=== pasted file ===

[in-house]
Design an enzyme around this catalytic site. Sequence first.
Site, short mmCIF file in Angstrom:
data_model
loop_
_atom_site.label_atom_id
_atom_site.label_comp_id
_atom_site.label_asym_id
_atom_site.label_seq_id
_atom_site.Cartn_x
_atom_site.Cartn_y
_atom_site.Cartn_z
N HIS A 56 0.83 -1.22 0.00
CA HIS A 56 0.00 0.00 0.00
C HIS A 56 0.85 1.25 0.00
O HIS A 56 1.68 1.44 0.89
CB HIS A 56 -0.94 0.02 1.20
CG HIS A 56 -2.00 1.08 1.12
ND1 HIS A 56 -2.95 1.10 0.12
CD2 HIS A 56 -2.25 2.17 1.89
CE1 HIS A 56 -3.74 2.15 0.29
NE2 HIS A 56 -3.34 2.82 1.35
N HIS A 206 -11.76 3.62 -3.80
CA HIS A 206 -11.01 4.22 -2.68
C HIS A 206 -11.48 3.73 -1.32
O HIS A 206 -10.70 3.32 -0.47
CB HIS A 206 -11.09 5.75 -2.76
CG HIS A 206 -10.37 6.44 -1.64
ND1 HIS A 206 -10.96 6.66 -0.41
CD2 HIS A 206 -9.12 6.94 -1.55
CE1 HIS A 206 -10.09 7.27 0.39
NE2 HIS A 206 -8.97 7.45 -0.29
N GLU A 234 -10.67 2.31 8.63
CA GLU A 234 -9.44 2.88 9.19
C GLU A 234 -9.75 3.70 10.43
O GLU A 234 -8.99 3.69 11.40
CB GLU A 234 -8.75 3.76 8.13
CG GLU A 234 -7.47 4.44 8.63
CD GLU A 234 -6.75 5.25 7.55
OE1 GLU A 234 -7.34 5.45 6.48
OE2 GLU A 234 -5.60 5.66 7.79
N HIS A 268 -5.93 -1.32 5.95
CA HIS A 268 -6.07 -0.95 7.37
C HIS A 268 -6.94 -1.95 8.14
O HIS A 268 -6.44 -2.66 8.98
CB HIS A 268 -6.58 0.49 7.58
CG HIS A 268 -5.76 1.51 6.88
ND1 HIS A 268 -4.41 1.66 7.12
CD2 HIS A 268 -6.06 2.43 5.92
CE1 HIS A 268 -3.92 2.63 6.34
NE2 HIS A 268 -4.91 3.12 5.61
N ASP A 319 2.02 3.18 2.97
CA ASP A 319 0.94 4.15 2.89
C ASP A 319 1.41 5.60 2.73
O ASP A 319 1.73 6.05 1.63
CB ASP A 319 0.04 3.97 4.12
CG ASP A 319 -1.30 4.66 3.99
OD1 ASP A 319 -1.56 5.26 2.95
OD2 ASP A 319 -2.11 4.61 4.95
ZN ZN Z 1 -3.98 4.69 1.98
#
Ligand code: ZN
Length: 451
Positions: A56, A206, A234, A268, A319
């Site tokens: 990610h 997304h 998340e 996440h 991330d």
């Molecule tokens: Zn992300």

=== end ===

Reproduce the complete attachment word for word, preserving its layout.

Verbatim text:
[in-house]
Design an enzyme around this catalytic site. Sequence first.
Site, short mmCIF file in Angstrom:
data_model
loop_
_atom_site.label_atom_id
_atom_site.label_comp_id
_atom_site.label_asym_id
_atom_site.label_seq_id
_atom_site.Cartn_x
_atom_site.Cartn_y
_atom_site.Cartn_z
N HIS A 56 0.83 -1.22 0.00
CA HIS A 56 0.00 0.00 0.00
C HIS A 56 0.85 1.25 0.00
O HIS A 56 1.68 1.44 0.89
CB HIS A 56 -0.94 0.02 1.20
CG HIS A 56 -2.00 1.08 1.12
ND1 HIS A 56 -2.95 1.10 0.12
CD2 HIS A 56 -2.25 2.17 1.89
CE1 HIS A 56 -3.74 2.15 0.29
NE2 HIS A 56 -3.34 2.82 1.35
N HIS A 206 -11.76 3.62 -3.80
CA HIS A 206 -11.01 4.22 -2.68
C HIS A 206 -11.48 3.73 -1.32
O HIS A 206 -10.70 3.32 -0.47
CB HIS A 206 -11.09 5.75 -2.76
CG HIS A 206 -10.37 6.44 -1.64
ND1 HIS A 206 -10.96 6.66 -0.41
CD2 HIS A 206 -9.12 6.94 -1.55
CE1 HIS A 206 -10.09 7.27 0.39
NE2 HIS A 206 -8.97 7.45 -0.29
N GLU A 234 -10.67 2.31 8.63
CA GLU A 234 -9.44 2.88 9.19
C GLU A 234 -9.75 3.70 10.43
O GLU A 234 -8.99 3.69 11.40
CB GLU A 234 -8.75 3.76 8.13
CG GLU A 234 -7.47 4.44 8.63
CD GLU A 234 -6.75 5.25 7.55
OE1 GLU A 234 -7.34 5.45 6.48
OE2 GLU A 234 -5.60 5.66 7.79
N HIS A 268 -5.93 -1.32 5.95
CA HIS A 268 -6.07 -0.95 7.37
C HIS A 268 -6.94 -1.95 8.14
O HIS A 268 -6.44 -2.66 8.98
CB HIS A 268 -6.58 0.49 7.58
CG HIS A 268 -5.76 1.51 6.88
ND1 HIS A 268 -4.41 1.66 7.12
CD2 HIS A 268 -6.06 2.43 5.92
CE1 HIS A 268 -3.92 2.63 6.34
NE2 HIS A 268 -4.91 3.12 5.61
N ASP A 319 2.02 3.18 2.97
CA ASP A 319 0.94 4.15 2.89
C ASP A 319 1.41 5.60 2.73
O ASP A 319 1.73 6.05 1.63
CB ASP A 319 0.04 3.97 4.12
CG ASP A 319 -1.30 4.66 3.99
OD1 ASP A 319 -1.56 5.26 2.95
OD2 ASP A 319 -2.11 4.61 4.95
ZN ZN Z 1 -3.98 4.69 1.98
#
Ligand code: ZN
Length: 451
Positions: A56, A206, A234, A268, A319
């Site tokens: 990610h 997304h 998340e 996440h 991330d």
């Molecule tokens: Zn992300």